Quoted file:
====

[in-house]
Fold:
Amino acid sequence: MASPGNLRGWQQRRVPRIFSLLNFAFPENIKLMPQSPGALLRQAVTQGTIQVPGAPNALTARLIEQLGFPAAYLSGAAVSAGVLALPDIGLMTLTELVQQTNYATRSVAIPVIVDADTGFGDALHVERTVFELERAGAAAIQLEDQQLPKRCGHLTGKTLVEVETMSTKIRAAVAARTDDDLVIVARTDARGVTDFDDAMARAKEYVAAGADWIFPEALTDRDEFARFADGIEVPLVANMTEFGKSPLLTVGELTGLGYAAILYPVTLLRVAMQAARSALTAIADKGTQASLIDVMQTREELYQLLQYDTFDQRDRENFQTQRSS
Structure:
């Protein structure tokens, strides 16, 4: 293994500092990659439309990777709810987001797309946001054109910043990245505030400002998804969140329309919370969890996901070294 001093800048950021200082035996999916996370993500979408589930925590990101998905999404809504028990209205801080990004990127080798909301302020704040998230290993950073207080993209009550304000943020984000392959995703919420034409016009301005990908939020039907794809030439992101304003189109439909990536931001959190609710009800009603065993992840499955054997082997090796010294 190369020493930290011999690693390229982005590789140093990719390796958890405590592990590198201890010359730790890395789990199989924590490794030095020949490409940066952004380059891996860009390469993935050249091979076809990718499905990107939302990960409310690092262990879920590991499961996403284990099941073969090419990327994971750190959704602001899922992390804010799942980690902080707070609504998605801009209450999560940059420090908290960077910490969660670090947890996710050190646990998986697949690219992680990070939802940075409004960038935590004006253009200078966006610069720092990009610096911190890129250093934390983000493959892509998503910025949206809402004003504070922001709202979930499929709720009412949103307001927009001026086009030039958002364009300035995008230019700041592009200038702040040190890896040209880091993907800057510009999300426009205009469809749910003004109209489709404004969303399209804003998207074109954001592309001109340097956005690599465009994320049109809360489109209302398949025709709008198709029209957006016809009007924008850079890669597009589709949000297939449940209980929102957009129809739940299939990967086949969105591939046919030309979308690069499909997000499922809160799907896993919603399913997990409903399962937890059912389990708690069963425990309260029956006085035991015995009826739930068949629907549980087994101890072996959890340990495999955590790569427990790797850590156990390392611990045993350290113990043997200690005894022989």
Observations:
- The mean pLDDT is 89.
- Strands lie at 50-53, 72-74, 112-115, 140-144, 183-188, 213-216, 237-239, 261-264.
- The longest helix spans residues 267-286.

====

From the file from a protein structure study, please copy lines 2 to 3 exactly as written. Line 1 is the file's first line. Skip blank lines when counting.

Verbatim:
Fold:
Amino acid sequence: MASPGNLRGWQQRRVPRIFSLLNFAFPENIKLMPQSPGALLRQAVTQGTIQVPGAPNALTARLIEQLGFPAAYLSGAAVSAGVLALPDIGLMTLTELVQQTNYATRSVAIPVIVDADTGFGDALHVERTVFELERAGAAAIQLEDQQLPKRCGHLTGKTLVEVETMSTKIRAAVAARTDDDLVIVARTDARGVTDFDDAMARAKEYVAAGADWIFPEALTDRDEFARFADGIEVPLVANMTEFGKSPLLTVGELTGLGYAAILYPVTLLRVAMQAARSALTAIADKGTQASLIDVMQTREELYQLLQYDTFDQRDRENFQTQRSS